That’s all far away stuff.   Right now our consideration is simply Thanksgiving Day, but looking at all these things I see that we have much to be thankful for. We still have the freedom to travel, happy things coming in the near future, a fun place to live, good family life, health, and even a few interesting challenges to solve.   The concerns we have can be shelved today, and the things we might view as negative can be turned into positives.

thanksgiving-cooking.jpgIn addition to being the first in this house, this Thanksgiving may also be notable for the thunderstorms.   All night it poured hard, a rare event in southern Arizona this time of year.   The humidity this morning is an astounding 89%.   All the dust has been washed away, and for one day it feels like we are in Houston.   It’s a novelty here, since we have not seen anything but sunshine in the last six weeks.

Eleanor’s major goal today is to make the house feel like a home by spending the entire day cooking a massive meal for six people.   We are not expecting any guests, so that means we’ll be having Thanksgiving for two days.   Emma has been recruited to help on the pie.   My job is technical support, which means making appropriate playlists for the iPod (you need a certain type of music to cook by, says Eleanor), looking up technical turkey details on the Internet, hauling off vegetable scraps to the compost bin, and answering the phone on Eleanor’s behalf while her hands are deep in various mixtures.

I had thought that ideally we would have hosted some guests for Thanksgiving, as we usually did when we lived in a house in Vermont.   Eleanor loves cooking for large groups, especially when they are known “eaters,” meaning people who will appreciate everything she puts on the table.   But as Thanksgiving approached it became clear that we wanted to just be together.   Friends would have been welcome, but being new to this house and this town, we are just as happy to spend the time with just each other.

Together we can live completely in this moment and think of nothing else.   That’s where the most memorable days come from, when you are completely absorbed in the moment and letting all the other things go.   To my mind, Thanksgiving is not a day of obligation but a day for self.   The outside world has gone away.   It can come back some other time.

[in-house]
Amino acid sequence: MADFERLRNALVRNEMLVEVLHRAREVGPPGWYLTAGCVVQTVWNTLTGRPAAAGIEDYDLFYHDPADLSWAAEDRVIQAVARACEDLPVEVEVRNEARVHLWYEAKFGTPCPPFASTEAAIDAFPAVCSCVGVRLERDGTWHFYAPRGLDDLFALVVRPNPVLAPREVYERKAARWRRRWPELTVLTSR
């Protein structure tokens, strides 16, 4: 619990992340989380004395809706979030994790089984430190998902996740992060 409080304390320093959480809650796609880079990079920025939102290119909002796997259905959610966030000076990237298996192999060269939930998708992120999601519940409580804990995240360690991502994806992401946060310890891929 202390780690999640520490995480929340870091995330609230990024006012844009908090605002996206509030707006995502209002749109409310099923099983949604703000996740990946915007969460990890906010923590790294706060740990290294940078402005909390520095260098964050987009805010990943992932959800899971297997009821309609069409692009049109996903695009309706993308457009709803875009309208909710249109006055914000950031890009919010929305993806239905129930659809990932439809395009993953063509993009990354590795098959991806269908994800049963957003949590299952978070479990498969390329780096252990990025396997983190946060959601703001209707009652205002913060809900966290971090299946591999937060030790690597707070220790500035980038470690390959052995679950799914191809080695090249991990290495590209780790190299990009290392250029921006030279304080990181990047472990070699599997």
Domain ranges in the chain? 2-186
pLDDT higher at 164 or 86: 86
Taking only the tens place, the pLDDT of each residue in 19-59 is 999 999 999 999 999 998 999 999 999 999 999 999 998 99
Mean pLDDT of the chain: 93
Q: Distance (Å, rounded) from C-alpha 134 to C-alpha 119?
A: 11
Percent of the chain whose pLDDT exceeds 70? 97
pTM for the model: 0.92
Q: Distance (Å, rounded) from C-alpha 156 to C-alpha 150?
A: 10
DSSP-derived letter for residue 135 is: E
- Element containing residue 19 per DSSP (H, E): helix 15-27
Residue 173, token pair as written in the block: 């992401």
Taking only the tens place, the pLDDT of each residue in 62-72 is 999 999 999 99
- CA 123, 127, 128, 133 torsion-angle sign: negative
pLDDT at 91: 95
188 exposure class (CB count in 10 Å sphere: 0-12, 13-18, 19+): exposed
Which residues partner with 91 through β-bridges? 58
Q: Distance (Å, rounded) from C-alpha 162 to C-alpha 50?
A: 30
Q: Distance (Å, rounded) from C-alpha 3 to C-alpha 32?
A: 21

Wally and the spammers

Last year, when people were talking about putting together a 50th anniversary Cape Town to Cairo Airstream caravan for 2009, somebody also came up with the idea of reprinting Wally Byam’s book “Trailer Travel Here and Abroad.”   Published in 1960, the book has long been out of print and copies are very difficult to find.   As with almost everything written from the glory days of Airstream in the 1950s and 1960s, that book is considered highly desirable by Airstream aficionados.

One of the organizers approached me to see if I could help.   He would donate a sacrificial copy of the book if I could work out how to scan it, reprint it in limited quantities, and distribute it to all of the caravan members.   I say “sacrificial” because in the process of scanning it, the book would likely be severely damaged or even cut to individual pages.

The problem with this idea was that there really is no good way to reproduce old books.   You can copy the pages and reprint them exactly as they appeared (smudges, tears, and all), but this generally results in something fairly crummy looking.   It also forces you to use exactly the same page proportions as the original.

Another method is simply to have a person re-type every word of the book.   That process is so expensive that it usually doesn’t make economic sense for purposes of reprinting an old book in small quantities.

Or, you can try Optical Character Recognition (OCR) to try to turn the printed words into a word-processing document, which can then be edited and reformatted.   But this also doesn’t work well, since the state of OCR technology is far from perfect.   Error rates are often high, which means a human being must go over every word to fix all the errors, and that can be just as bad as re-typing the whole book.

Interestingly, the wizards at Carnegie-Mellon University have found a great solution.   They’re getting you to help with the OCR process.   And they’ve gotten me to do it.   And millions of other people have been recruited as well. In fact, so many of us are helping that up to 150,000 hours of work can be contributed to the project every day.